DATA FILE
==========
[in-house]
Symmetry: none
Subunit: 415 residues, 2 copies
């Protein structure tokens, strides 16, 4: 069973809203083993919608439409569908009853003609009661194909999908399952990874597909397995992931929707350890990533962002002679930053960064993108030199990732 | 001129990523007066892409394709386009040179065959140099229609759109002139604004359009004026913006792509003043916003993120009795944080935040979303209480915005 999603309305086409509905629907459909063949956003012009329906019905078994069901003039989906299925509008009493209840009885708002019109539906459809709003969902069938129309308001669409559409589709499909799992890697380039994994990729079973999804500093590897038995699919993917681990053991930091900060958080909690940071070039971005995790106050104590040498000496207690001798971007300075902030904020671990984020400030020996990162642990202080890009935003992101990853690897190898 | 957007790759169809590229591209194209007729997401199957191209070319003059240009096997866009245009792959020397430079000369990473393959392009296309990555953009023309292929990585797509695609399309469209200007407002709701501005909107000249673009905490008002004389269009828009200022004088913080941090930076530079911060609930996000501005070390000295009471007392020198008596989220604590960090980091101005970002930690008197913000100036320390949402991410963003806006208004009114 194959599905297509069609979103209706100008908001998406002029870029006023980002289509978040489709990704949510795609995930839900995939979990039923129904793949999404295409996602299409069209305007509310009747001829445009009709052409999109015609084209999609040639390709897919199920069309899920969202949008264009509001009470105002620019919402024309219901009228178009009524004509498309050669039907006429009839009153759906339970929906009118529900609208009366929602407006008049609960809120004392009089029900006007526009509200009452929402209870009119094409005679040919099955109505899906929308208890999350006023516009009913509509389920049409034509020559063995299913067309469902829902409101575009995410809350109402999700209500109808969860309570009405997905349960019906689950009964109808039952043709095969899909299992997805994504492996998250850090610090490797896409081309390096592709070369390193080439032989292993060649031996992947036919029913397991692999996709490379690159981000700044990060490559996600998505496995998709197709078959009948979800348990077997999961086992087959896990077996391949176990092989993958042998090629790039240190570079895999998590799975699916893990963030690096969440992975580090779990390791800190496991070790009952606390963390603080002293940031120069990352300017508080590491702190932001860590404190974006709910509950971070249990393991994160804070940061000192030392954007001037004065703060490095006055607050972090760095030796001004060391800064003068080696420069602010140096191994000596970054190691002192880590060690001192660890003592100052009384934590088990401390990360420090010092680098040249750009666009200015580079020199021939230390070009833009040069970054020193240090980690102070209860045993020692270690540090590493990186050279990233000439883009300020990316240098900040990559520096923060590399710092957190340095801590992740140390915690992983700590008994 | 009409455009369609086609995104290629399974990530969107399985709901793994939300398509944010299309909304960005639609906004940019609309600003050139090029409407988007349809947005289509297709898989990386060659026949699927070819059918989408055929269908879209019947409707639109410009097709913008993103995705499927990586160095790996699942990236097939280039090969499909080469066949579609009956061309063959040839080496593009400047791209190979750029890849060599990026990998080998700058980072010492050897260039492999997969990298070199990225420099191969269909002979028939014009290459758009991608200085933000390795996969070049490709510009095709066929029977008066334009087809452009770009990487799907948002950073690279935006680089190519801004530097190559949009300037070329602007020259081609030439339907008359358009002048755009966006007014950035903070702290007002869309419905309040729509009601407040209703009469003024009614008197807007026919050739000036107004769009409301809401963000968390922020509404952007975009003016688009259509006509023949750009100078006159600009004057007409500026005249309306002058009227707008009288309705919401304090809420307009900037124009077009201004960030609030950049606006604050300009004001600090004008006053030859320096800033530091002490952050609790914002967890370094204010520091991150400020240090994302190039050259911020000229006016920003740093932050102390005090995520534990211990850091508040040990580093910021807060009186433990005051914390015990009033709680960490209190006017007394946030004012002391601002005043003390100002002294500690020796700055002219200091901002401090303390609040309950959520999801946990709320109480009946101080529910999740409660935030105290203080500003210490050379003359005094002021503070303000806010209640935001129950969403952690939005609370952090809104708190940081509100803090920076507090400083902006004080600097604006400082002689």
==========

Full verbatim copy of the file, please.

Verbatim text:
[in-house]
Symmetry: none
Subunit: 415 residues, 2 copies
């Protein structure tokens, strides 16, 4: 069973809203083993919608439409569908009853003609009661194909999908399952990874597909397995992931929707350890990533962002002679930053960064993108030199990732 | 001129990523007066892409394709386009040179065959140099229609759109002139604004359009004026913006792509003043916003993120009795944080935040979303209480915005 999603309305086409509905629907459909063949956003012009329906019905078994069901003039989906299925509008009493209840009885708002019109539906459809709003969902069938129309308001669409559409589709499909799992890697380039994994990729079973999804500093590897038995699919993917681990053991930091900060958080909690940071070039971005995790106050104590040498000496207690001798971007300075902030904020671990984020400030020996990162642990202080890009935003992101990853690897190898 | 957007790759169809590229591209194209007729997401199957191209070319003059240009096997866009245009792959020397430079000369990473393959392009296309990555953009023309292929990585797509695609399309469209200007407002709701501005909107000249673009905490008002004389269009828009200022004088913080941090930076530079911060609930996000501005070390000295009471007392020198008596989220604590960090980091101005970002930690008197913000100036320390949402991410963003806006208004009114 194959599905297509069609979103209706100008908001998406002029870029006023980002289509978040489709990704949510795609995930839900995939979990039923129904793949999404295409996602299409069209305007509310009747001829445009009709052409999109015609084209999609040639390709897919199920069309899920969202949008264009509001009470105002620019919402024309219901009228178009009524004509498309050669039907006429009839009153759906339970929906009118529900609208009366929602407006008049609960809120004392009089029900006007526009509200009452929402209870009119094409005679040919099955109505899906929308208890999350006023516009009913509509389920049409034509020559063995299913067309469902829902409101575009995410809350109402999700209500109808969860309570009405997905349960019906689950009964109808039952043709095969899909299992997805994504492996998250850090610090490797896409081309390096592709070369390193080439032989292993060649031996992947036919029913397991692999996709490379690159981000700044990060490559996600998505496995998709197709078959009948979800348990077997999961086992087959896990077996391949176990092989993958042998090629790039240190570079895999998590799975699916893990963030690096969440992975580090779990390791800190496991070790009952606390963390603080002293940031120069990352300017508080590491702190932001860590404190974006709910509950971070249990393991994160804070940061000192030392954007001037004065703060490095006055607050972090760095030796001004060391800064003068080696420069602010140096191994000596970054190691002192880590060690001192660890003592100052009384934590088990401390990360420090010092680098040249750009666009200015580079020199021939230390070009833009040069970054020193240090980690102070209860045993020692270690540090590493990186050279990233000439883009300020990316240098900040990559520096923060590399710092957190340095801590992740140390915690992983700590008994 | 009409455009369609086609995104290629399974990530969107399985709901793994939300398509944010299309909304960005639609906004940019609309600003050139090029409407988007349809947005289509297709898989990386060659026949699927070819059918989408055929269908879209019947409707639109410009097709913008993103995705499927990586160095790996699942990236097939280039090969499909080469066949579609009956061309063959040839080496593009400047791209190979750029890849060599990026990998080998700058980072010492050897260039492999997969990298070199990225420099191969269909002979028939014009290459758009991608200085933000390795996969070049490709510009095709066929029977008066334009087809452009770009990487799907948002950073690279935006680089190519801004530097190559949009300037070329602007020259081609030439339907008359358009002048755009966006007014950035903070702290007002869309419905309040729509009601407040209703009469003024009614008197807007026919050739000036107004769009409301809401963000968390922020509404952007975009003016688009259509006509023949750009100078006159600009004057007409500026005249309306002058009227707008009288309705919401304090809420307009900037124009077009201004960030609030950049606006604050300009004001600090004008006053030859320096800033530091002490952050609790914002967890370094204010520091991150400020240090994302190039050259911020000229006016920003740093932050102390005090995520534990211990850091508040040990580093910021807060009186433990005051914390015990009033709680960490209190006017007394946030004012002391601002005043003390100002002294500690020796700055002219200091901002401090303390609040309950959520999801946990709320109480009946101080529910999740409660935030105290203080500003210490050379003359005094002021503070303000806010209640935001129950969403952690939005609370952090809104708190940081509100803090920076507090400083902006004080600097604006400082002689």